Don’t let the band name fool you. You’ve never heard gospel music this brief. Or this secular. Okay, to be completely accurate, Gospel Music‘s How to Get to Heaven from Jacksonville, FL isn’t gospel at all. It touches on love, heartbreak, and social awkwardness. So, it’s post-punk, actually. And it’s not half bad. And it’s super-duper cute.
If this twee trope is starting to seem familiar, that’s because Gospel Music is Black Kids bassist Owen Holmes’ new project. Remember “I Don’t Wanna Teach Your Boyfriend How to Dance with You”? It’s like that, but it’s not. First, it’s more lo-fi, sounding free of the weighty slab of hype dropped on that other band, circa 2007. But The Cure worship is still there (And how could it not be?).
While owing a lot to The Cure’s sound, there’s more to Gospel Music than Robert Smith-ly sweet vocal and guitar melodies. There are some heavy keyboard sounds of the post-punk vein, as well as some of the same confessional mumble and self-loathing akin to Stephen Merritt and The Magnetic Fields.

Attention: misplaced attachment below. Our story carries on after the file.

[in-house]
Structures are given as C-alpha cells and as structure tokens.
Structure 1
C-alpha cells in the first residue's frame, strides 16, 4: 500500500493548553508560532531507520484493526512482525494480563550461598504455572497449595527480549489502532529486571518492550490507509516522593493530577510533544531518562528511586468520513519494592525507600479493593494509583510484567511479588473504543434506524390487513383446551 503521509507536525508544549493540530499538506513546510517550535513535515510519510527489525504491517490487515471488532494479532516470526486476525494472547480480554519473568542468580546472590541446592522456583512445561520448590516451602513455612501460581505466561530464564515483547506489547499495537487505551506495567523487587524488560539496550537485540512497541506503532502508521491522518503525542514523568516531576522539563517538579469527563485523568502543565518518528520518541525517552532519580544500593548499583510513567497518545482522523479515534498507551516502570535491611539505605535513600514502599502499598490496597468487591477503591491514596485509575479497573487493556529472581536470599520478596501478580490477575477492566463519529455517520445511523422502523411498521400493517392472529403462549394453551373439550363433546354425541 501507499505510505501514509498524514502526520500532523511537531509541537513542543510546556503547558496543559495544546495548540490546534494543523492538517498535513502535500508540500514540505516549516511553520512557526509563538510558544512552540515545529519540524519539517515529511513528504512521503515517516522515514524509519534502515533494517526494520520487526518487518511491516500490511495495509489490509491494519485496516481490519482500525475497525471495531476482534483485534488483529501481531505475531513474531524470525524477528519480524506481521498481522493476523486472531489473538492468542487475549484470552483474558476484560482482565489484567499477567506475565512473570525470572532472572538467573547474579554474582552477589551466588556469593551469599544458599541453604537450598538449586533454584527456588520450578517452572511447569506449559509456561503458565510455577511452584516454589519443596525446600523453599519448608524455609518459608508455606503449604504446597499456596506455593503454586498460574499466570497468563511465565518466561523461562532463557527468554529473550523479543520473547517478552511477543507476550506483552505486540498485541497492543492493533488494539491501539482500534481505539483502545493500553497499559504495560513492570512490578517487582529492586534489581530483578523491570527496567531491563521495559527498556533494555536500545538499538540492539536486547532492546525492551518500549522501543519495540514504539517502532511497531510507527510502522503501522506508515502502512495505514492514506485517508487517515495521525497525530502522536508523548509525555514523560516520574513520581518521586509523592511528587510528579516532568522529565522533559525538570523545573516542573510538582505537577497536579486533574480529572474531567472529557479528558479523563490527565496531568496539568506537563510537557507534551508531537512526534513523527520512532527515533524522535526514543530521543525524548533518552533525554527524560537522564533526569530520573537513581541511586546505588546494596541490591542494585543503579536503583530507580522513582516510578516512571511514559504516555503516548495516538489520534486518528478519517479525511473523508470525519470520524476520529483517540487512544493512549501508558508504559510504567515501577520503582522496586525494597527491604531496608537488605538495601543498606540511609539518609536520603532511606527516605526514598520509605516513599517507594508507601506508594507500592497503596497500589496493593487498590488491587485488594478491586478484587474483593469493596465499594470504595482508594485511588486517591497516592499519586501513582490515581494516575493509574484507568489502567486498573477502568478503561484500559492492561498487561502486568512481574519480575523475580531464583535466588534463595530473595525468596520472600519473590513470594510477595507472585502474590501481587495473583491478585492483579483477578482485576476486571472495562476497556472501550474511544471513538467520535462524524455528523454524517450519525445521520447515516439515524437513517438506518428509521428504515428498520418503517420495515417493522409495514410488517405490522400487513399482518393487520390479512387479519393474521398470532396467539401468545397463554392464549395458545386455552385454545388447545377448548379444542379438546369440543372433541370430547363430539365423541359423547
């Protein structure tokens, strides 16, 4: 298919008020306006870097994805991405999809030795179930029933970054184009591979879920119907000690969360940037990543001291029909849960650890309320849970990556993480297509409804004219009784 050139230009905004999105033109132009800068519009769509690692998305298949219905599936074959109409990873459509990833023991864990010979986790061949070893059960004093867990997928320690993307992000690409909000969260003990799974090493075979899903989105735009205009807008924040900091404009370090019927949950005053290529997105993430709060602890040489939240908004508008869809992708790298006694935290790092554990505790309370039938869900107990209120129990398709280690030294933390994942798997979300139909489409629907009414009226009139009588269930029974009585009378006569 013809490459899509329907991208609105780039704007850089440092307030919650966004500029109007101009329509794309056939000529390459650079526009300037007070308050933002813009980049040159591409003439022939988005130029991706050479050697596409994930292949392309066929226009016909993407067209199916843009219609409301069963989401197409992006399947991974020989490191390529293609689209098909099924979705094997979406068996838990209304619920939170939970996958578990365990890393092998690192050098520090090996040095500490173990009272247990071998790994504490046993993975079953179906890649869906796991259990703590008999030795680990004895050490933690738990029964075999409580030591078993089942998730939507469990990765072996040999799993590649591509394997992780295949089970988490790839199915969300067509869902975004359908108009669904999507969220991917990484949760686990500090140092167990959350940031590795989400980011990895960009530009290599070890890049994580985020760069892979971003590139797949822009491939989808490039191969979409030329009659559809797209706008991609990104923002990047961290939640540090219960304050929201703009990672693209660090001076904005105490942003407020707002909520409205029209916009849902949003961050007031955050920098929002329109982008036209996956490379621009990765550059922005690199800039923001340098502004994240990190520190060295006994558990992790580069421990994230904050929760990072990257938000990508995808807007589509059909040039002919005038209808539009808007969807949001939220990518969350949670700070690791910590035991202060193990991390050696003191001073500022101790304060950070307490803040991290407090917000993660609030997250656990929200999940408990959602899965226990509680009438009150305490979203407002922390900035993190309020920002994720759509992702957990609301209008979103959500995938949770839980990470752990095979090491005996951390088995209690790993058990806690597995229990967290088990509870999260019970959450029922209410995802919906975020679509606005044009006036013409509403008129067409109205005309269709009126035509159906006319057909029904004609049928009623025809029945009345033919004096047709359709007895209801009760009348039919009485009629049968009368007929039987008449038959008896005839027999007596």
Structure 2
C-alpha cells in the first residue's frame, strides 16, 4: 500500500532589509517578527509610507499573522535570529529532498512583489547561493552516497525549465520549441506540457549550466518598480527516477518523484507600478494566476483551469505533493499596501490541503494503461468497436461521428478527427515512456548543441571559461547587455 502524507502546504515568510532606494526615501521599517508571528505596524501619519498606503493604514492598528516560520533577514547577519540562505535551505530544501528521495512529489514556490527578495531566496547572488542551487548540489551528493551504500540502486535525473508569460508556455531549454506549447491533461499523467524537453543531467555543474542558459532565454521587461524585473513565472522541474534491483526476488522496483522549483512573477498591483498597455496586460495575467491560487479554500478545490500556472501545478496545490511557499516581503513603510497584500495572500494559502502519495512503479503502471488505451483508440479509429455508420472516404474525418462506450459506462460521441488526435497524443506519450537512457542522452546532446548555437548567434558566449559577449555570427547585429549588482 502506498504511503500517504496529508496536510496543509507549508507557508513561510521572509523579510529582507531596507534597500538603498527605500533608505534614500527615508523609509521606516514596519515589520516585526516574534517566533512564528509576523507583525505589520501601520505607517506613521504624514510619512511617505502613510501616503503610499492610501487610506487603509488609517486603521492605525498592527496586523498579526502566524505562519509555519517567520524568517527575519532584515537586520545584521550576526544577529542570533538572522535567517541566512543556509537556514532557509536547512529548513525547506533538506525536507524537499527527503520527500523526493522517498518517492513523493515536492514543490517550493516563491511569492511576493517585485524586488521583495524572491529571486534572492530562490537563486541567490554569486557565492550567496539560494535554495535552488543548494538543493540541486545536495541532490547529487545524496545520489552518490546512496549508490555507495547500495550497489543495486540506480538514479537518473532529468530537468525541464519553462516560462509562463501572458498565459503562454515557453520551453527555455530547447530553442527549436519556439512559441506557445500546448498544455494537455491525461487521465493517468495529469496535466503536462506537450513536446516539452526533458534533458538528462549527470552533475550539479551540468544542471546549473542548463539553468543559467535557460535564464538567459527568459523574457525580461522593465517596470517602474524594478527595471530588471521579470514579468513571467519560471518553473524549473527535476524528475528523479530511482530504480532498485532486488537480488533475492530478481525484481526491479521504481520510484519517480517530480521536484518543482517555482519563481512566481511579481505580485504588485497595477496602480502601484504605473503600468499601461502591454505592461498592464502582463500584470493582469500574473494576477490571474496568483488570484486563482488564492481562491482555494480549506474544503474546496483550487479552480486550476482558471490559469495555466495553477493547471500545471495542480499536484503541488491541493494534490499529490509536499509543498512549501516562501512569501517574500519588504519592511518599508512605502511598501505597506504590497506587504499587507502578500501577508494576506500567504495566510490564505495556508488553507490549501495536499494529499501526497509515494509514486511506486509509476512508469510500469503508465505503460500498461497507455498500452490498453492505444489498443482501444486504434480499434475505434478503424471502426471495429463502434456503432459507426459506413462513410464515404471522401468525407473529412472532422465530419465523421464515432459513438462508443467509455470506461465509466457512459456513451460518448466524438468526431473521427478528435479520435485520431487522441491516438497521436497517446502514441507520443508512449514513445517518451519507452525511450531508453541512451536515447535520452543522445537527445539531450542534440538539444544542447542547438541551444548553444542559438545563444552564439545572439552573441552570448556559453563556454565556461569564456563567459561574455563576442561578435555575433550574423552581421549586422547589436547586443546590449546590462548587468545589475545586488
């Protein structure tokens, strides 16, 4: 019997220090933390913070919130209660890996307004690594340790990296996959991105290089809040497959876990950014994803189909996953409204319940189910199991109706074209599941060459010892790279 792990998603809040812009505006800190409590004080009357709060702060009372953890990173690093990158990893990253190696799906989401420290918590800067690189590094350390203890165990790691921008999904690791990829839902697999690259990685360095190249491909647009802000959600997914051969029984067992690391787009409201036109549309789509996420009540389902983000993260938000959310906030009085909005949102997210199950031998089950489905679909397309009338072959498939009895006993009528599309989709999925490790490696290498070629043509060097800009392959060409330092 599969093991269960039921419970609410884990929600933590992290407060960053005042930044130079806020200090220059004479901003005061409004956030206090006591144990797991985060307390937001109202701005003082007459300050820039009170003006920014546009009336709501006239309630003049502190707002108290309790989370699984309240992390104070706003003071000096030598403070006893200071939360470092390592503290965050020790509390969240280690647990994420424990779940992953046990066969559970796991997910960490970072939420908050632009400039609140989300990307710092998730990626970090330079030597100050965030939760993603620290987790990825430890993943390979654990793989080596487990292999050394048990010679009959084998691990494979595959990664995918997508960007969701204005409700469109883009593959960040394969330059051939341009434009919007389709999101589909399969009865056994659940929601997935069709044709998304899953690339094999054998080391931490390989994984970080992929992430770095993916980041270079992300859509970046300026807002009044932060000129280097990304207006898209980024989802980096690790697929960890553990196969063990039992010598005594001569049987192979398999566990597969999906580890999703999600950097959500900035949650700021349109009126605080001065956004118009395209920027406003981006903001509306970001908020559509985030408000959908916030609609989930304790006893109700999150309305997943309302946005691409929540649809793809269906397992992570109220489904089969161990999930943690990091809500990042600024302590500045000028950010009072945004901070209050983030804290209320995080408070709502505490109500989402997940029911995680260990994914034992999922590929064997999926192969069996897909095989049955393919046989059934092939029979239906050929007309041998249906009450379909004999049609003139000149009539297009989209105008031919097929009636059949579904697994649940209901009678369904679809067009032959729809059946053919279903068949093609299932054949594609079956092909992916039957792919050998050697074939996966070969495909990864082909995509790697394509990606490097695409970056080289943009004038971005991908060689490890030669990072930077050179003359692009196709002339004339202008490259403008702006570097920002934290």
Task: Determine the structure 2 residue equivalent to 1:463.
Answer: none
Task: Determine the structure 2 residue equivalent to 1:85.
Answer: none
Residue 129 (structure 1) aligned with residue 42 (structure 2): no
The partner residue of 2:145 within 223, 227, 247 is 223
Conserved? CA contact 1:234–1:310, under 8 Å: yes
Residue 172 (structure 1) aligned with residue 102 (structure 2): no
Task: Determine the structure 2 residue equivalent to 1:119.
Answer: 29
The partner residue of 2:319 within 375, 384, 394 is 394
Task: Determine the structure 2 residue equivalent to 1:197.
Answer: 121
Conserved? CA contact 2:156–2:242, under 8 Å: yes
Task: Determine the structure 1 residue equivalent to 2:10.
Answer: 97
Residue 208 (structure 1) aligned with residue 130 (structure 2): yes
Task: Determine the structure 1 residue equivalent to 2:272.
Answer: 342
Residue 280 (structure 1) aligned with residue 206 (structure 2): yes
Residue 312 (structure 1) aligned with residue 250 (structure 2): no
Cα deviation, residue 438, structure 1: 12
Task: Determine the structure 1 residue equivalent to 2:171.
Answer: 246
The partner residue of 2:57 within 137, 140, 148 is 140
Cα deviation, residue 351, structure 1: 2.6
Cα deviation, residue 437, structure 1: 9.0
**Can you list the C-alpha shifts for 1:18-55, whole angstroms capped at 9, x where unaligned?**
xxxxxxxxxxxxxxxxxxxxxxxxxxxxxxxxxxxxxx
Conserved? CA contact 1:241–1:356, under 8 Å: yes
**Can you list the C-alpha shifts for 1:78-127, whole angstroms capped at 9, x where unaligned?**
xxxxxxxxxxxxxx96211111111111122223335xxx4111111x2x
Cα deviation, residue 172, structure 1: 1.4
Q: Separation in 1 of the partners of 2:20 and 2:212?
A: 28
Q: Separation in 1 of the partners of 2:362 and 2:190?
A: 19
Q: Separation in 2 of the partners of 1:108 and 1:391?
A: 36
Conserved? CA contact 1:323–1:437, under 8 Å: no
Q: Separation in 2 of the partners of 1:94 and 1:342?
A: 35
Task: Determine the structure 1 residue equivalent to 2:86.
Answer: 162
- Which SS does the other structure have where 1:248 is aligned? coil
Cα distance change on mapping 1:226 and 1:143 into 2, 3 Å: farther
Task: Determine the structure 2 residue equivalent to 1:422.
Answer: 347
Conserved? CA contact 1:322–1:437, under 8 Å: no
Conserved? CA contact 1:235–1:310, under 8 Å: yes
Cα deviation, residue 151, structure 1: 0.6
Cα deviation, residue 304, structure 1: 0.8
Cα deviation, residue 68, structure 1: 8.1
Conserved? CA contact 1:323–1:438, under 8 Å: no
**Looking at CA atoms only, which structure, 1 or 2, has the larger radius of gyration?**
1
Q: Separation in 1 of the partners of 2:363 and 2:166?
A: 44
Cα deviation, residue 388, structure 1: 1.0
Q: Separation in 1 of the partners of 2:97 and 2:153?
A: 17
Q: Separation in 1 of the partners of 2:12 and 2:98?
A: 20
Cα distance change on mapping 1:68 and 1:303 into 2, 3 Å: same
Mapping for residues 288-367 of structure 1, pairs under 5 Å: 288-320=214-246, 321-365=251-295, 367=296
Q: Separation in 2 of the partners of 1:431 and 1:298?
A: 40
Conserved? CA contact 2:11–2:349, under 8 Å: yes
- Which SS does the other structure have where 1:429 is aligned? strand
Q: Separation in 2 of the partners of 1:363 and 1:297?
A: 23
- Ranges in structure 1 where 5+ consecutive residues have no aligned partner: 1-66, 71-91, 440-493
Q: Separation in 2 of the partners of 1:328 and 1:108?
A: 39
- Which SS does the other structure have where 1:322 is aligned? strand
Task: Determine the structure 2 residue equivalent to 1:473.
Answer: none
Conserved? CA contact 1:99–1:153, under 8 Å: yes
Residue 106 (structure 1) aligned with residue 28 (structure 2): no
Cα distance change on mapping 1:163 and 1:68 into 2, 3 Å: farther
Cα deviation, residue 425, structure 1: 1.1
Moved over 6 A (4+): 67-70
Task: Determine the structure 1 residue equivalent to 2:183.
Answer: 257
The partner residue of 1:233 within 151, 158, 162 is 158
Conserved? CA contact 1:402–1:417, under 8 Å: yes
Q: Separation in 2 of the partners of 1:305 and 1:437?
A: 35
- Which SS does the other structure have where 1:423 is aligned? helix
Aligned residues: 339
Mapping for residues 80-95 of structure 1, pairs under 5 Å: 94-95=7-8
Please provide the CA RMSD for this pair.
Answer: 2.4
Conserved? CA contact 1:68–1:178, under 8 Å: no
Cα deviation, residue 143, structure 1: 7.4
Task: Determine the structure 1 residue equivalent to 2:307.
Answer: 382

The band’s lyrical subject matter is far different, though, from any of those reference points. For example, “This Town Doesn’t Have Enough Bars for Both of Us”, a sentiment common among those stuck in incestuous nightlife scenes in, say, north Florida. Plus, its simple synth line kills without using production usually built into its melodic DNA by the band’s forebears.
You’ve got to give it up to Holmes for not hogging the record’s vocals, too. Precious female vocals get their moments to shine as they did on the Duettes EP, which featured, among others, Camera Obscura’s Traceyanne Campbell on “Automobile”, a song that’s a little disappointing not to see on Heaven.
“Apartment” is a fine substitute, though. When vocalist Madeline Long sings, “In my apartment/The bar doesn’t close/In my apartment/we don’t need clothes,” it offers up a kind of solution to “This Town Doesn’t Have Enough Bars for Both of Us”. Just stay in, man. Make your own fun. That’s what Heaven does in spades.
Essential Tracks: “Apartment”, “This Town Doesn’t Have Enough Bars for Both of Us”